This is a more subtle distinction than one might first imagine. In the stochastic model referred to as red noise -- aka an Ornstein-Uhlenbeck process -- it is well-described by a random walk within a potential well, with the deepest excursions showing a correspondingly greater drag. This behavior results in an erratic oscillation with a clear reversion-to-the-mean tendency, which is well-suited to describe ENSO. This is a schematic figure I drew up that describes the various regimes: A and D are higher drag and B and C are lower drag

In contrast, a deterministic oscillation within a potential well, such as what happens with a wave set in motion on a periodic basis, can also show erratic swings similar to red noise. This can occur as a result of non-linear effects, often described by a Mathieu equation representing the sloshing dynamics of a volume of liquid. When there are multiple periodic forcing functions, the swings will only become more erratic, and possibly approaching unstable or chaotic regimes. This will also show reversion-to-the-mean characteristics as long as an unstable regime does not occur.

So the big questions are (1) how to determine if a waveform is stochastic or deterministic, and perhaps verging on chaotic and (2) if the ENSO is deemed to be red noise, does that mean we are faced with an evolutionary dead-end?

The latter resolution would state that the best we could do is make probabilistic predictions of future El Nino events, with correspondingly lower confidence the further out we go in time. That's what happens if a random walk element is introduced, like it or not :)

However if the ENSO shows signs of determinism such as might be revealed by a long-term sloshing dynamic governed by periodic forcing functions, we have a better chance of making high-probability predictions and for a longer term projection interval. This is the essential call that I am making while pursuing this topic. If there is a possibility that something deterministic is happening, governed by tidal forces or some other well-characterized forcing, then it will have a huge payoff in terms of improved predictability.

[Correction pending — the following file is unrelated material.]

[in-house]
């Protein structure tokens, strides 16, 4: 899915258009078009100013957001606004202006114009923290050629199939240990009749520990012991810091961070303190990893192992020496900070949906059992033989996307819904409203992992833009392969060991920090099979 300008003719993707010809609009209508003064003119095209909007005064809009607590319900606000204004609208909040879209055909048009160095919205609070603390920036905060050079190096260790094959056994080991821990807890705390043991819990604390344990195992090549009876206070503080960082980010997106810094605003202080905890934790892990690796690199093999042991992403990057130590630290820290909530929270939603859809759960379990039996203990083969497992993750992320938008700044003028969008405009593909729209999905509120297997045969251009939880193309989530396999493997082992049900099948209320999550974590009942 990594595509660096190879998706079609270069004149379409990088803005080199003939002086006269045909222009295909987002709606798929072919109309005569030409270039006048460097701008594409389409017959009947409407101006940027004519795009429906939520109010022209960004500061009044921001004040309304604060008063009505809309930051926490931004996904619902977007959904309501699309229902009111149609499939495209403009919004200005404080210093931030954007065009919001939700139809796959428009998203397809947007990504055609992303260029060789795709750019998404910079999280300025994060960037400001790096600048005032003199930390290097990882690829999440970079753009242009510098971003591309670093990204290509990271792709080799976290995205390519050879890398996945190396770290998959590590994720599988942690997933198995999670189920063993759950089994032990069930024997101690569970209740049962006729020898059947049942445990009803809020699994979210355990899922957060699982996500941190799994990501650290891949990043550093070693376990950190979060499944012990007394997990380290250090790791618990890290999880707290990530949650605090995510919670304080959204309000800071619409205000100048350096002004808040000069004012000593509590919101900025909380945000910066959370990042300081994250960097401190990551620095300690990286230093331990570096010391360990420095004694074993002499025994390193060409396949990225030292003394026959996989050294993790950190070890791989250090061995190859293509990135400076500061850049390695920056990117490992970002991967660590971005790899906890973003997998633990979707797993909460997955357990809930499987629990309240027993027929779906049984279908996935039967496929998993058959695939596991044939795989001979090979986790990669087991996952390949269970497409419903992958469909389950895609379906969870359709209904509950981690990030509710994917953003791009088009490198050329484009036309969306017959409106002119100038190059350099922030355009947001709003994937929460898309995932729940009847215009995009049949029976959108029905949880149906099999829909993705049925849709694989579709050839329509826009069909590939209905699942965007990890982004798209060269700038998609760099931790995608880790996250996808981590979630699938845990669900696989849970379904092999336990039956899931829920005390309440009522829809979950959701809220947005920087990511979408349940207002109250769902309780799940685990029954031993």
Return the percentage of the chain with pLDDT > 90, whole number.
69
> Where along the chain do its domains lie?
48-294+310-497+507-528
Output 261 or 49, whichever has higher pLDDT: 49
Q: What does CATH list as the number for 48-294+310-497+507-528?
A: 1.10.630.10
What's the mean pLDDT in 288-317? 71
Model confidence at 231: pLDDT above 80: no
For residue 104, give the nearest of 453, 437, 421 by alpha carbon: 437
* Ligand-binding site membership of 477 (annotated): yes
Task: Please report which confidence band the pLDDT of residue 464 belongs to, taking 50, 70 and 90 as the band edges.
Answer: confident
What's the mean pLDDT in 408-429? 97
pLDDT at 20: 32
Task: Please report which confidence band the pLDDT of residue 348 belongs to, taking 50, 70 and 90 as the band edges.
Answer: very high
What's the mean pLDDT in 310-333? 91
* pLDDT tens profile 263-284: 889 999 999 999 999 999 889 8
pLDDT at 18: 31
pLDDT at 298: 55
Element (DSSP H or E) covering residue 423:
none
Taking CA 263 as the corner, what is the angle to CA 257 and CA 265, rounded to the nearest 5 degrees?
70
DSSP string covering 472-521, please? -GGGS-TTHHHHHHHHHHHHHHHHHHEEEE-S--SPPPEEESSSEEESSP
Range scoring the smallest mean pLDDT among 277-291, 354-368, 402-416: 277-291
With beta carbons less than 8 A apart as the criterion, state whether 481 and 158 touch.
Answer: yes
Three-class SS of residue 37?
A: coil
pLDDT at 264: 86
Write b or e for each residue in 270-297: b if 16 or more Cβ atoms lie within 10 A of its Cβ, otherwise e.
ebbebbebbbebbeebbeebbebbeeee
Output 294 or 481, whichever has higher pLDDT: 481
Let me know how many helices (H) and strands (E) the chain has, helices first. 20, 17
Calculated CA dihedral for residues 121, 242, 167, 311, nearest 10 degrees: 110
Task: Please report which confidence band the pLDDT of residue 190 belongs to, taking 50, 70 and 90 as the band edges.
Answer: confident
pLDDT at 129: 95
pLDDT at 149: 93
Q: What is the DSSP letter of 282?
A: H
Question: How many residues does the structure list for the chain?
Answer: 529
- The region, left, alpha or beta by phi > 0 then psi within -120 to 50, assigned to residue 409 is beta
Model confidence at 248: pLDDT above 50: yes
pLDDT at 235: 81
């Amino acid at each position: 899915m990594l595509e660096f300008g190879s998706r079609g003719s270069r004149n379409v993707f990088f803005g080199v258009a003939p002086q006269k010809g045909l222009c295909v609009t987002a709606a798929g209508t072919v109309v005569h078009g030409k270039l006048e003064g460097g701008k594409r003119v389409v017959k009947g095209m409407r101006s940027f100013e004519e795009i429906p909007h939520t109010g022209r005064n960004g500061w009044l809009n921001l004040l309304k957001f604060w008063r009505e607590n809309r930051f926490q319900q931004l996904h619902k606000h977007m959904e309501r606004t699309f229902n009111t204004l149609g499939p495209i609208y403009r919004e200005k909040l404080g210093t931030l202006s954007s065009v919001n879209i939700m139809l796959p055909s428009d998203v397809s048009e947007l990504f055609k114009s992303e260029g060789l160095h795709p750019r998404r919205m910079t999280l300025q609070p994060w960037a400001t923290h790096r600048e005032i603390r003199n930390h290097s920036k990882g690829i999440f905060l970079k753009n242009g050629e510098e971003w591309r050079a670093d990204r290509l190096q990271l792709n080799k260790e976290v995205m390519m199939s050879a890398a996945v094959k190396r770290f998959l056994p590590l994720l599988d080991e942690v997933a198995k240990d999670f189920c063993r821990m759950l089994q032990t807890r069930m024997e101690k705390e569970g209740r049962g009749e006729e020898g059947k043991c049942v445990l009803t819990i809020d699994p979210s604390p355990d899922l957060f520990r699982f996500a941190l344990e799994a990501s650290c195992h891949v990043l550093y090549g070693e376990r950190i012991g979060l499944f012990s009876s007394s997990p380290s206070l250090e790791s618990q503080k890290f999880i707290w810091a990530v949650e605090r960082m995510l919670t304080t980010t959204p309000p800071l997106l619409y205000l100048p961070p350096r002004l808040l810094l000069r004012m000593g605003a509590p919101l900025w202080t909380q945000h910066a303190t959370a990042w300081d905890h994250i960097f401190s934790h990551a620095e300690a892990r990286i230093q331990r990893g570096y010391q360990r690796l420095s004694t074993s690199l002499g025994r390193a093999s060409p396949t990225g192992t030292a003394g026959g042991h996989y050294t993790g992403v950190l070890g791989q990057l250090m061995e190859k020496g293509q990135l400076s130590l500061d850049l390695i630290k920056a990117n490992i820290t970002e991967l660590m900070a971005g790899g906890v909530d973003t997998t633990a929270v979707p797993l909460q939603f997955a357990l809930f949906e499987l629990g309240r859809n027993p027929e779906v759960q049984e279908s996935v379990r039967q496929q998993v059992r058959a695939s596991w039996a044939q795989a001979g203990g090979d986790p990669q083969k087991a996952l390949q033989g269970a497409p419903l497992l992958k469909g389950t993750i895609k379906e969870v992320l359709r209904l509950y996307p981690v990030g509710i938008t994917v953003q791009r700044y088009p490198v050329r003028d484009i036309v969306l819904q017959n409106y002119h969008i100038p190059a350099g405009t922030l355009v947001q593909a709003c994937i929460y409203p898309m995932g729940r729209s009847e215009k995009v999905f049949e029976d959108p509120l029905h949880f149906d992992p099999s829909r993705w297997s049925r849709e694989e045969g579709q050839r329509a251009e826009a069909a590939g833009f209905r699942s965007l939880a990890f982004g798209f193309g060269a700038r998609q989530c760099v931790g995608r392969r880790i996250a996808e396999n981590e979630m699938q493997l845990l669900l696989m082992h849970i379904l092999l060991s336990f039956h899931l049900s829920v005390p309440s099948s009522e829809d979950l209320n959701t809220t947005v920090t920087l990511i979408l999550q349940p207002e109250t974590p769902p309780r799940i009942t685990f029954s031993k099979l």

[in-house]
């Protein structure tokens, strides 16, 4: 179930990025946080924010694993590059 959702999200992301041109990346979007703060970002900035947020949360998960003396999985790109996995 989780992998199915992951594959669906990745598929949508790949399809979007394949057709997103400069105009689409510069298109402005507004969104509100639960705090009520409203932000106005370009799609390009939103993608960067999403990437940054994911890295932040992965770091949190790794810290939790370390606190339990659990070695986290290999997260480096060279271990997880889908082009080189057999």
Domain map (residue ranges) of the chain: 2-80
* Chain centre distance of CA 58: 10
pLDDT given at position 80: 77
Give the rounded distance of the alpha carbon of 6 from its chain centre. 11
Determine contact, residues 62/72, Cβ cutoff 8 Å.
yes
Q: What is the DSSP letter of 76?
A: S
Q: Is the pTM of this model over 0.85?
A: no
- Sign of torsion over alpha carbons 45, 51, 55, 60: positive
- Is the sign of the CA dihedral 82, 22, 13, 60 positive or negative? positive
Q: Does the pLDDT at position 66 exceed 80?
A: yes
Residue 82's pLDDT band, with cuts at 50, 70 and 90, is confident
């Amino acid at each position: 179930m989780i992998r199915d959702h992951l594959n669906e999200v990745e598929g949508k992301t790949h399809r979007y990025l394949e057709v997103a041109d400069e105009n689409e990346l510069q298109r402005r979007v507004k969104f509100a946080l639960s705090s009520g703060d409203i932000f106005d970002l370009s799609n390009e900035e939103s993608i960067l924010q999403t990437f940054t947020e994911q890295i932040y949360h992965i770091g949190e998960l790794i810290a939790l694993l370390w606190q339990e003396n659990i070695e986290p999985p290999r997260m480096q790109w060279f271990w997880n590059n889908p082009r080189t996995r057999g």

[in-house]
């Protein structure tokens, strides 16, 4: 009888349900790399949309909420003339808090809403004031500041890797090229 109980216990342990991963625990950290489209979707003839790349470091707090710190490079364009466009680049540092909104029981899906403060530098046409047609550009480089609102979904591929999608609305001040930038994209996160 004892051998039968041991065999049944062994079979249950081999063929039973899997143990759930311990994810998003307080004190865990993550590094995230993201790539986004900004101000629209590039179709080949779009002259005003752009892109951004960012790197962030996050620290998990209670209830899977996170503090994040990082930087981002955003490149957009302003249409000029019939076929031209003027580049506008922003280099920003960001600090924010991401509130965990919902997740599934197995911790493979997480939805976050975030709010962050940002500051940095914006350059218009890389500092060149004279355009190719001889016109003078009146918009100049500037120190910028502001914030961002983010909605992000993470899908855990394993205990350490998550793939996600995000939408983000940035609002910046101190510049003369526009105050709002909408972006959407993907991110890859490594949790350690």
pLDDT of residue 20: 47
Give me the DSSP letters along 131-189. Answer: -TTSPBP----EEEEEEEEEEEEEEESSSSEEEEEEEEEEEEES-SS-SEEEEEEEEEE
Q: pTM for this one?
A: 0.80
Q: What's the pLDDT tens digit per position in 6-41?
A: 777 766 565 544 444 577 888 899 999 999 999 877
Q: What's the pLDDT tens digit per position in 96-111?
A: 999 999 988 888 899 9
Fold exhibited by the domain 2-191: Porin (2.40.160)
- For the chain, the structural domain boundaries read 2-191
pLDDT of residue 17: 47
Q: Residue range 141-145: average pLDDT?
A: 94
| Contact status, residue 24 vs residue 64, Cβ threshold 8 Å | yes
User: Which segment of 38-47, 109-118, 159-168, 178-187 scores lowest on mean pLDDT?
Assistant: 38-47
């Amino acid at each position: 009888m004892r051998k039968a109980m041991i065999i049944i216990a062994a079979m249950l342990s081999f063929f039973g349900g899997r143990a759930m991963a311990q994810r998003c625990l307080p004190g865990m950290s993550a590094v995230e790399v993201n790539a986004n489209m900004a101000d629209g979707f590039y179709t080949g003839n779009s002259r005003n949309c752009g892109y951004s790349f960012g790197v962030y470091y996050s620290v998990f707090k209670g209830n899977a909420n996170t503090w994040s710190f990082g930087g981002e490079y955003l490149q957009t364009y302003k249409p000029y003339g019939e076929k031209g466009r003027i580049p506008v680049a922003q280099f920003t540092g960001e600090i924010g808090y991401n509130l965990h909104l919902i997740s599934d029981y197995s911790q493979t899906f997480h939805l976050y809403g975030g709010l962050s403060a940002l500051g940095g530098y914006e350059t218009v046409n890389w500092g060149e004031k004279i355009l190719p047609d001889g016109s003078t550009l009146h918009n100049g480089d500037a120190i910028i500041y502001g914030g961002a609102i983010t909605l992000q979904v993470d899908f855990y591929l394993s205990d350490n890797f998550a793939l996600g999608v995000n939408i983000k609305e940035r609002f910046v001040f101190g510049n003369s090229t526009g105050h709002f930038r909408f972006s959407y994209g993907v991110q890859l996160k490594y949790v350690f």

Comment Source:Re: the Berliner paper I think that determining whether the essential behavior behind ENSO follows a stochastic red noise process or some complex deterministic oscillation is a critical question. This is a more subtle distinction than one might first imagine. In the stochastic model referred to as red noise -- aka an Ornstein-Uhlenbeck process -- it is well-described by a random walk within a potential well, with the deepest excursions showing a correspondingly greater drag. This behavior results in an erratic oscillation with a clear reversion-to-the-mean tendency, which is well-suited to describe ENSO. This is a schematic figure I drew up that describes the various regimes: ![O-U](http://1.bp.blogspot.com/-wOBXO75tVAI/TsHCF5lXkRI/AAAAAAAAAm0/Q5s1-a_Ir7k/s1600/ornstein-uhlenbeck.gif) A and D are higher drag and B and C are lower drag In contrast, a deterministic oscillation within a potential well, such as what happens with a wave set in motion on a periodic basis, can also show erratic swings similar to red noise. This can occur as a result of non-linear effects, often described by a Mathieu equation representing the sloshing dynamics of a volume of liquid. When there are multiple periodic forcing functions, the swings will only become more erratic, and possibly approaching unstable or chaotic regimes. This will also show reversion-to-the-mean characteristics as long as an unstable regime does not occur. So the big questions are (1) how to determine if a waveform is stochastic or deterministic, and perhaps verging on chaotic and (2) if the ENSO is deemed to be red noise, does that mean we are faced with an evolutionary dead-end? The latter resolution would state that the best we could do is make probabilistic predictions of future El Nino events, with correspondingly lower confidence the further out we go in time. That's what happens if a random walk element is introduced, like it or not :) However if the ENSO shows signs of determinism such as might be revealed by a long-term sloshing dynamic governed by periodic forcing functions, we have a better chance of making high-probability predictions and for a longer term projection interval. This is the essential call that I am making while pursuing this topic. If there is a possibility that something deterministic is happening, governed by tidal forces or some other well-characterized forcing, then it will have a huge payoff in terms of improved predictability.